Zim bio diesel plant now white elephant

Harare – Zimbabwe’s bio-diesel plant, built about three years to help solve fuel challenges, has become a white elephant due to limited supply of raw materials. Representing one of the country’s major investments in the post independence era, the Mt Hampden plant, situated about 15 km north-west of Harare has remained idle. The plant, the first of its kind in Africa and only one of the few in the universe was the brainchild of joint efforts between the Reserve Bank of Zimbabwe and Korean investors. It processes oils from seeds such as sunflower, jatropha, cotton, soya beans as well as vegetables to produce bio-diesel. It has capacity of producing up to 100 million litres when fully integrated, supported by availability of sufficient feedstock. A follow up by The Herald Business this week revealed that the plant never operated on a commercial basis largely due to inadequate supplies of feedstock in the form of oils from cotton, soya beans, jatropha and cotton. Some outgrower schemes by the National Oil Company of Zimbabwe and the Forestry Commission fell by the way side. According to bio-energy experts, at least one tonne of seed oil is required to produce up to 300 litres of bio-diesel.  Sources this week indicated that several issues were overlooked prior to the establishment of the plant with the major one being the ability of local farmers to grow and supply enough oil seeds for the plant. The sources also noted that “little” investment was also made to capacitate farmers. “The project would have succeeded if productivity levels were sufficient to produce enough oils to feed the plant,” said one source who requested not to be named. Science and Technology Development Minister Professor Heneri Dzinotyiwei said in an interview this week that the bio-diesel project had virtually become redundant. He said since the plant was not designed to crush oil seeds, some small crushing plants were needed in oil seed growing areas to support the project. “We need some kind of processed oil that can be fed into the plant and that can only be achieved when we have enough seed. We are convinced that we did not do proper homework before implementing the project.  “A proper research is now required and key areas that need to be looked into are essentially on ways of improving oil seed production. We will then work on small plants, which will crush the seeds that will be fed into the Mt Hampden plant,” said the Minister. He added that the plant has never operated on commercial basis since 2007. “What they are doing is to just keep the machine running.” Reserve Bank of Zimbabwe Governor Dr Gideon Gono was said to be out of the country on business but his advisor Dr Munyaradzi Kereke said: “Its very sad that such a noble innovation has been allowed to be seriously underutilised for whatever reason the authorities do have. As you know the RBZ has been outlawed from the core mandate of monetary policy.  “The bio-diesel project is as relevant today as it was when it was officially launched by His Excellency, President Mugabe,” he said. Dr Kereke said the original strategy was that it was going to have significant backward and forward integration synergies with Jatropha and other oil seed farmers and end-users of diesel. “Unfortunately the statutory operating environment of the central bank seems to have blurred the central bank’s capacity to see this vision through and we hope the relevant authorities will not let the nation down,” said Dr Kereke. Agriculture, Mechanisation and Irrigation Development Minister Dr Joseph Made said a programme was already in place to transform various farmlands into “oil fields.”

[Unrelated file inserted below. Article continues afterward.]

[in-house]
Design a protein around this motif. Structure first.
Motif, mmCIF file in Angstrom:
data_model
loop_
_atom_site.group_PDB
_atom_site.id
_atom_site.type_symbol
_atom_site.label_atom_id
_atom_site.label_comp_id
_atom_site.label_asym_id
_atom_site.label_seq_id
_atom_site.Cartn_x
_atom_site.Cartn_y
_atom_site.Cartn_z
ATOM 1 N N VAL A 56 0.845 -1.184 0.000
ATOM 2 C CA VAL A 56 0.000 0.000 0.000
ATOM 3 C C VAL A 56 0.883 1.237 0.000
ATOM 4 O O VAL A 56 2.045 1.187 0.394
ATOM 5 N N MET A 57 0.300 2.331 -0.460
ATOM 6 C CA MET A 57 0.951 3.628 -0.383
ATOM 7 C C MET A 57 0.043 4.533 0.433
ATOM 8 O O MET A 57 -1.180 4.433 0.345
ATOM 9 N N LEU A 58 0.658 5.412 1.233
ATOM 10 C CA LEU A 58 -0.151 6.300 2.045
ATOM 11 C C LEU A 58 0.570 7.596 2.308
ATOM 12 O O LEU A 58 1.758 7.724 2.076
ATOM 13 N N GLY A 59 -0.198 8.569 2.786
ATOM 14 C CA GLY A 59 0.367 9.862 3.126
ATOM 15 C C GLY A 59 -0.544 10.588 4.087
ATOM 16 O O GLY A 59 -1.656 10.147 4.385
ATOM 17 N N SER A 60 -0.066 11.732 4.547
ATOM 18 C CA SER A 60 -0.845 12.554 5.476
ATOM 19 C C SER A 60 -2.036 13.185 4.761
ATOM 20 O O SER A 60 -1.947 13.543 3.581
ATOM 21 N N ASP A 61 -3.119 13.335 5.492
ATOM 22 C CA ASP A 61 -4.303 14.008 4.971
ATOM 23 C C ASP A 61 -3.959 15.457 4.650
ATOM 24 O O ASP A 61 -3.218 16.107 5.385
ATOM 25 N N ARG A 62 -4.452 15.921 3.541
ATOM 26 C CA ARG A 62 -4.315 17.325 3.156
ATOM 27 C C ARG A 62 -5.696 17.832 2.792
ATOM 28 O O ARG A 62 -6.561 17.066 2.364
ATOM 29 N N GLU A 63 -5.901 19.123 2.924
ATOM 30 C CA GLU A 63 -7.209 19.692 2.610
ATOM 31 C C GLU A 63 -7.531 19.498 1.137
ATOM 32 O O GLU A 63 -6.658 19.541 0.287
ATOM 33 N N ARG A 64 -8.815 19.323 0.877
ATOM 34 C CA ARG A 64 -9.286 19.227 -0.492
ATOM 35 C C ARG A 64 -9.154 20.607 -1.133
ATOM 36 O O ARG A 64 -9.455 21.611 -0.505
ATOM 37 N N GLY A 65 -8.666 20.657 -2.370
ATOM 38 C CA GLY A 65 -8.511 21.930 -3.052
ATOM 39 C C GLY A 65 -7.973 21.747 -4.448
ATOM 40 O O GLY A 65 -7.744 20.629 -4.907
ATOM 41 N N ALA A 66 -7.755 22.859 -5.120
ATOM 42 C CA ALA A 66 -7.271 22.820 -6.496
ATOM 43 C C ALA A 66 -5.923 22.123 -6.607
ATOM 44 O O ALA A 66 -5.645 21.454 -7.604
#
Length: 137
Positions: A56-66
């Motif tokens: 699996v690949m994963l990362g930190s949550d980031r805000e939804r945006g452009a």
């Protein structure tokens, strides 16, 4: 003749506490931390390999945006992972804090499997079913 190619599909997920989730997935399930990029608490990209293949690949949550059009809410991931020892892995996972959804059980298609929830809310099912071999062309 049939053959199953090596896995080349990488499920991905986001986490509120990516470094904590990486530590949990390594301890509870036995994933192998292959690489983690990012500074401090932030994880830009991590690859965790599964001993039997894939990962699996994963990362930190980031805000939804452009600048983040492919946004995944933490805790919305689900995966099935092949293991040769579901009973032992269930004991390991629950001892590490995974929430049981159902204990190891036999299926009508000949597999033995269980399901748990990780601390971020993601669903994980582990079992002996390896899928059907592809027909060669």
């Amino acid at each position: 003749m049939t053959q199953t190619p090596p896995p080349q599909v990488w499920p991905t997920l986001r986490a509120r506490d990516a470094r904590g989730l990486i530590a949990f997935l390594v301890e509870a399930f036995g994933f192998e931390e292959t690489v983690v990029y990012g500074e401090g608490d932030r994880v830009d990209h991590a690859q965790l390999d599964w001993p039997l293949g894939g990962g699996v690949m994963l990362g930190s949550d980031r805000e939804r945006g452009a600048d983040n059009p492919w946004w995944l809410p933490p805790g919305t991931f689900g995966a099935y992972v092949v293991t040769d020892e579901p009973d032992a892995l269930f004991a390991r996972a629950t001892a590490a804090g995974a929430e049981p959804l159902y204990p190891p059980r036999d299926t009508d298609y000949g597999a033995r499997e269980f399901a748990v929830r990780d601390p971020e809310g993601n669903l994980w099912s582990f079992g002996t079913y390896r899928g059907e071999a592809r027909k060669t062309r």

March 2011
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